Signing Day Rehab

National Signing Day—AKA the day grown men lose any semblance of reason and logical thinking—has come and gone. Teenagers with Zagat ratings have made their promises to play football for a bunch of glorified high school gym teachers. This is the first of many moments for these young men that commoditize their skills in an attempt to quantify their value. Signing day marks the first day these young men can commit to their chosen team and be legally bound in writing. Many of us watch with rapt attention, swelling and swooning as these kids pick our school or another school, respectively. We dismiss those who pick a different program in an attempt to rationalize and project. It’s become a circus, with these young men paraded around in a meat market atmosphere. Meanwhile, we only stoke the fire by tuning in.

My name is Gavin and I have a problem.

I love signing day. Like many others, I can’t wait to see who chooses to play for my teams. I like to think I have tempered my sheer outrage to simply disappointment when my team fails to land a guy they were going for. For the most part, though, National Signing Day is the college football equivalent of Hungry, Hungry Hippos—athletes are gobbled up just as much to win as to prevent rivals from winning. That said, there are a couple of problems with signing day.

The LOI

By all accounts the letter of intent is a necessary evil meant to allow coaches to plan for enrolling players. Changes of heart in the summer or even fall could derail an entire season plan, especially if the commit is an immediate impact player the likes of Jameis Winston or Derrick Henry.

Problems with the LOI arise during the NSD soap opera dramas that unfold. The past few years we have seen some parents withhold consent as a measure of control over their child. This is pretty low, but the parent has to sign the LOI. To paraphrase Bobby Brown, it’s their prerogative. The NCAA has created this problem, and it has metastasized thanks to social media and national attention given to this process. I still find it remarkable that an 18 year old needs parental consent to enter a binding agreement to play football, but if he wants to fight and die for his country, he has the capacity for that decision all his own—backwards and absurd. Still, those are the rules, so we are stuck with this annual problem for the foreseeable future.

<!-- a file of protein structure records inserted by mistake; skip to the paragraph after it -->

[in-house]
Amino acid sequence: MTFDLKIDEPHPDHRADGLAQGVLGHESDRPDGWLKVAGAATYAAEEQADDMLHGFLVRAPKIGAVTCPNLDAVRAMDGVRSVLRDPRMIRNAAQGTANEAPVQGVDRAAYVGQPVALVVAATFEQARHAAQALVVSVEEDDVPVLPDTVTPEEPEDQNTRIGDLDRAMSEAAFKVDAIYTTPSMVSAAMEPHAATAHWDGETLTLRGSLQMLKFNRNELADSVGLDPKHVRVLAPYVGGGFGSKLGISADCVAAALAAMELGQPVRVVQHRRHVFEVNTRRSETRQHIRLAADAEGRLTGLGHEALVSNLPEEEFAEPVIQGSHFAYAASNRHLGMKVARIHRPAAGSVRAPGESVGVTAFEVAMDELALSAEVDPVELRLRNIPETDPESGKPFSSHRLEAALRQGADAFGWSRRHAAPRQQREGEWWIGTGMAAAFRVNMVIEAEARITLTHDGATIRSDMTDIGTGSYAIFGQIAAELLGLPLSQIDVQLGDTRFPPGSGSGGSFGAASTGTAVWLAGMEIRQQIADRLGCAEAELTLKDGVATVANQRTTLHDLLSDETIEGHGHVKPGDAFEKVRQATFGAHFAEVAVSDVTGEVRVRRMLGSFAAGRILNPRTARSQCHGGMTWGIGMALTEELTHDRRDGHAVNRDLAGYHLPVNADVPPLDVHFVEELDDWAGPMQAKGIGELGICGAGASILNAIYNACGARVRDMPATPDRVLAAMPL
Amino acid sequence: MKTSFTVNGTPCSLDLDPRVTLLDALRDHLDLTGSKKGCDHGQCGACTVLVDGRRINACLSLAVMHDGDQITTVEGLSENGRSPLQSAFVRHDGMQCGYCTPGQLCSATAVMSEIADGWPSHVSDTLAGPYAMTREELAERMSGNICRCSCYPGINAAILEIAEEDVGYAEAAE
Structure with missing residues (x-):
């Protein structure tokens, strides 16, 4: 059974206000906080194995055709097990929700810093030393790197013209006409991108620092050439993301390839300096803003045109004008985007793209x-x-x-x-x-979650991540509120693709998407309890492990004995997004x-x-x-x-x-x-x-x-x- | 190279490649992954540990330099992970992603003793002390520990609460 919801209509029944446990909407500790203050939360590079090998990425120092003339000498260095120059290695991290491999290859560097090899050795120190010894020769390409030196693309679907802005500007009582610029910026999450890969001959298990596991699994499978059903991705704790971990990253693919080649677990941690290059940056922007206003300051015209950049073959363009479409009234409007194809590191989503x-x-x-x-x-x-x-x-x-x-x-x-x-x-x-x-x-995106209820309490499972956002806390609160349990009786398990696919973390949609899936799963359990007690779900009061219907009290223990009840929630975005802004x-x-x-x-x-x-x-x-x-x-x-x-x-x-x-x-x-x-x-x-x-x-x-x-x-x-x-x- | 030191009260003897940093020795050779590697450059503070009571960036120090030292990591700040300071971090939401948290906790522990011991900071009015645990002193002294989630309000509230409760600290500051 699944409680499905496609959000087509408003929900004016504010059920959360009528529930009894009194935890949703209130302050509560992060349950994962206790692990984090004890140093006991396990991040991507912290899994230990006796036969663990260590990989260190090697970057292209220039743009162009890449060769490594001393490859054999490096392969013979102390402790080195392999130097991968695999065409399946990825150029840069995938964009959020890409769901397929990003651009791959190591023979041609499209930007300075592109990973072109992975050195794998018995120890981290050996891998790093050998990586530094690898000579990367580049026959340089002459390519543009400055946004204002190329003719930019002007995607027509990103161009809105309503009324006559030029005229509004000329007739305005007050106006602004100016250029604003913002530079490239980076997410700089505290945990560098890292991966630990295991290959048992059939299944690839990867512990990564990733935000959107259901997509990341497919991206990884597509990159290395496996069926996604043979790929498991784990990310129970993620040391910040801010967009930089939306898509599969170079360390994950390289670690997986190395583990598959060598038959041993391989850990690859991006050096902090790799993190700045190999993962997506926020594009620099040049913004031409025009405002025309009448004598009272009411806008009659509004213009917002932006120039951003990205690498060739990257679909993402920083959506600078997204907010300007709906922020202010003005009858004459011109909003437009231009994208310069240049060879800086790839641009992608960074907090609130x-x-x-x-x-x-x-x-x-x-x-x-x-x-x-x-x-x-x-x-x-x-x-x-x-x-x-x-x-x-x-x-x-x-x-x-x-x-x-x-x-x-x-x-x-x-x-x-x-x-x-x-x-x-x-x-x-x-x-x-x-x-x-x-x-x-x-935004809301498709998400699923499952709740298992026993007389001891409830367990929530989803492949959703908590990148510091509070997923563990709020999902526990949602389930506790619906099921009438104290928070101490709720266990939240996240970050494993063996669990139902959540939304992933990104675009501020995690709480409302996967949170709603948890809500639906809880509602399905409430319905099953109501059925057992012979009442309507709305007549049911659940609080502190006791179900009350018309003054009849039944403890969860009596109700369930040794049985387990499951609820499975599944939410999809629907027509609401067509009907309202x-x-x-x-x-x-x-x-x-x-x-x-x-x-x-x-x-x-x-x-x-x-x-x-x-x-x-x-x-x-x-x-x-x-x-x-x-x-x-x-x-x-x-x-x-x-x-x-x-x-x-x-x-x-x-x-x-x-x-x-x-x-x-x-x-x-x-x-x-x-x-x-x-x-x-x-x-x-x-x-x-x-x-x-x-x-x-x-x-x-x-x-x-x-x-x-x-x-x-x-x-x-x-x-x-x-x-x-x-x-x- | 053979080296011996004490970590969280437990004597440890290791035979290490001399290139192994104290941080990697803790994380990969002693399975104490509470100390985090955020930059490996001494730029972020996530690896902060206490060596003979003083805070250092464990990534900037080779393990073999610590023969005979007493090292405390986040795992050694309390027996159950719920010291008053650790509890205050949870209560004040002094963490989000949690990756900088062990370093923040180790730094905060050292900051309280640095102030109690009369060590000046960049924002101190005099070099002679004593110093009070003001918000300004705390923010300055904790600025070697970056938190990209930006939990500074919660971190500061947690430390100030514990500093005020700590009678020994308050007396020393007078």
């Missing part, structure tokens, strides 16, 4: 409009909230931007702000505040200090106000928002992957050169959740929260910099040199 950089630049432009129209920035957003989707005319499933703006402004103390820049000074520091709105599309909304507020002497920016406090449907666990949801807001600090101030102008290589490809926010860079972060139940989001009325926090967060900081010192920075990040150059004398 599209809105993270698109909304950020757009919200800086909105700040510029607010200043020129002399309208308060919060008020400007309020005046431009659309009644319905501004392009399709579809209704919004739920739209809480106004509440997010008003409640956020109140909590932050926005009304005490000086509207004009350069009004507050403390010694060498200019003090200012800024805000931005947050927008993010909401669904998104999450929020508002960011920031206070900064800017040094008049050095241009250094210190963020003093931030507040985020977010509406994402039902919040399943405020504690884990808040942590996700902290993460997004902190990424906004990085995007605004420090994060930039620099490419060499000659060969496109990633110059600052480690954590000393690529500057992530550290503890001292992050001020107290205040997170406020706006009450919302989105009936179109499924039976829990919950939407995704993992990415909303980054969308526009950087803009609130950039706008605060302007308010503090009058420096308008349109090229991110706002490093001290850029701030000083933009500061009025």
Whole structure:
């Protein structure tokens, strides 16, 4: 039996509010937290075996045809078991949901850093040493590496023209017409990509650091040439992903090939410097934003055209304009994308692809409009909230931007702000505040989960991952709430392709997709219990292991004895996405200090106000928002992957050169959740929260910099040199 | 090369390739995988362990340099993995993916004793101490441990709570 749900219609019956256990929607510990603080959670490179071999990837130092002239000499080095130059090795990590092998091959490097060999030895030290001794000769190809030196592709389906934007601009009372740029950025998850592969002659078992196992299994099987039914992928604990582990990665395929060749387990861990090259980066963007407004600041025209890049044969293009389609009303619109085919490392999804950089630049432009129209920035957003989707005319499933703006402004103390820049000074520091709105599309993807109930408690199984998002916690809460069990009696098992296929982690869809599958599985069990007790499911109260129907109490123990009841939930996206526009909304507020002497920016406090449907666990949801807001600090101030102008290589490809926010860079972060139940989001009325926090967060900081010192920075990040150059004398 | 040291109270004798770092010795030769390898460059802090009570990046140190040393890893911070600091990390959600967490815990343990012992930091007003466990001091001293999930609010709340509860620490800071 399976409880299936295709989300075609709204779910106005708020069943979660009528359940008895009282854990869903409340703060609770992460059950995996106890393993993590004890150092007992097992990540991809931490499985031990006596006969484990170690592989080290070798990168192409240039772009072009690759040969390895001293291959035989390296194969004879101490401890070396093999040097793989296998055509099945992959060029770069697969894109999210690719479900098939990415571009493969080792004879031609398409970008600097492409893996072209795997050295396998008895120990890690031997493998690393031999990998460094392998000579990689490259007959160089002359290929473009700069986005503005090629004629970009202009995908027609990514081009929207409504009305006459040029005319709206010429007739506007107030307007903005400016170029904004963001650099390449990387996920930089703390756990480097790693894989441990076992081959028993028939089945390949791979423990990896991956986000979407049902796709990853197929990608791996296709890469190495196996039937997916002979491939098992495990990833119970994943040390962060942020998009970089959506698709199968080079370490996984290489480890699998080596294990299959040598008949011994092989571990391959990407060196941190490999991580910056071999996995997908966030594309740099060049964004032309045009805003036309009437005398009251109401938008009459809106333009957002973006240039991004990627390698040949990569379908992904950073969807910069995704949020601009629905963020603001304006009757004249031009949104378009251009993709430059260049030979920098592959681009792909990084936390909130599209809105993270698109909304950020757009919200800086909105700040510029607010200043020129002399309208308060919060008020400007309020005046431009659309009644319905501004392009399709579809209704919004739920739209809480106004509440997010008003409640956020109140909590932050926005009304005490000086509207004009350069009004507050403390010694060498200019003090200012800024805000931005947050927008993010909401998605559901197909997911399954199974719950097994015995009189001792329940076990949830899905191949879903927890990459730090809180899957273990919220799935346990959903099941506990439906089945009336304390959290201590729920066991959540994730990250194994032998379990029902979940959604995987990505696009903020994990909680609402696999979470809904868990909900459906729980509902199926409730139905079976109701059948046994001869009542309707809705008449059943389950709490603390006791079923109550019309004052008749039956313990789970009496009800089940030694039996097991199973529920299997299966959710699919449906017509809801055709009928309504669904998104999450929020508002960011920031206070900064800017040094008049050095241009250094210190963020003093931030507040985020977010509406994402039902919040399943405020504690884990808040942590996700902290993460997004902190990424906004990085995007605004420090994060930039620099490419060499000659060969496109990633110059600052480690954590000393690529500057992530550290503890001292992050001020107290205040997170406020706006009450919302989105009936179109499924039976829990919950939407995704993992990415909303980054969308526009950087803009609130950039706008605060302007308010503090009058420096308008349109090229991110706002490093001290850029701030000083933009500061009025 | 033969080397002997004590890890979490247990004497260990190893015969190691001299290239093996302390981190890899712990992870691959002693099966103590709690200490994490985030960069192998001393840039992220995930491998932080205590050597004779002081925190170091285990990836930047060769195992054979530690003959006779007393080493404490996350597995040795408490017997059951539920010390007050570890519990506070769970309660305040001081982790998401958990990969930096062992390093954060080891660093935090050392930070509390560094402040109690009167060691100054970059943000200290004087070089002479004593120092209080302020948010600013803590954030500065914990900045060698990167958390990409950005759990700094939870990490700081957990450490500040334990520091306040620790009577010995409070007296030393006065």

The Parents

I’m not sure I thought I’d ever be saying this, but parents of players should hope to be just like Snoop Dogg. For humor’s sake, I could drop the mic on that bombshell and walk off. But, I will elaborate.

Snoop has a son, Cordell Broadus, who is an incredible talent on the football field as a wideout. Cordell announced his decision to sign with UCLA and Coach Mora. Snoop is a big USC fan, and is a regular fixture at Trojan home games. Furthermore, he has been on the campaign trail trying to get his son to commit to USC. For those unaware, USC does not have a bigger rival than UCLA—after all, they do “share” a city.

After Broadus announced, the ESPN team took the opportunity to interview Snoop about his son’s decision. When Rece Davis asked the obligatory “what about USC?” question, Snoop had this to say:

“Well, it’s been about what matters most to him which is getting that education and what’s going to be there when football is over with. UCLA just presented the best platform for him that we thought as a family was going to look out for him when his career was over with. And, that’s what’s important, to make sure he gets a degree and gets an education. Football’s not going to be there forever, but life is. So, you got to make sure that you’re preparing for life….I’m going to back him up 1000%, and throw out my USC drawers….I’m all UCLA now.”

This is exactly where a parent should land regarding his son’s decision once it’s made. You support your child all the way and sign the letter. The time for convincing is before signing day. Want your kid to avoid your rival school? Talk about it beforehand. Want to have a legacy where you played? Share that before the first Wednesday in February. Holding your child’s future hostage is petty and sophomoric. Stop it! Be more like Snoop!

While National Signing Day has drama, elation, and disappointment all its own, it also underscores a bitter reality: football is substantially over until August.

Let that sink in.

Anyway, on to baseball!

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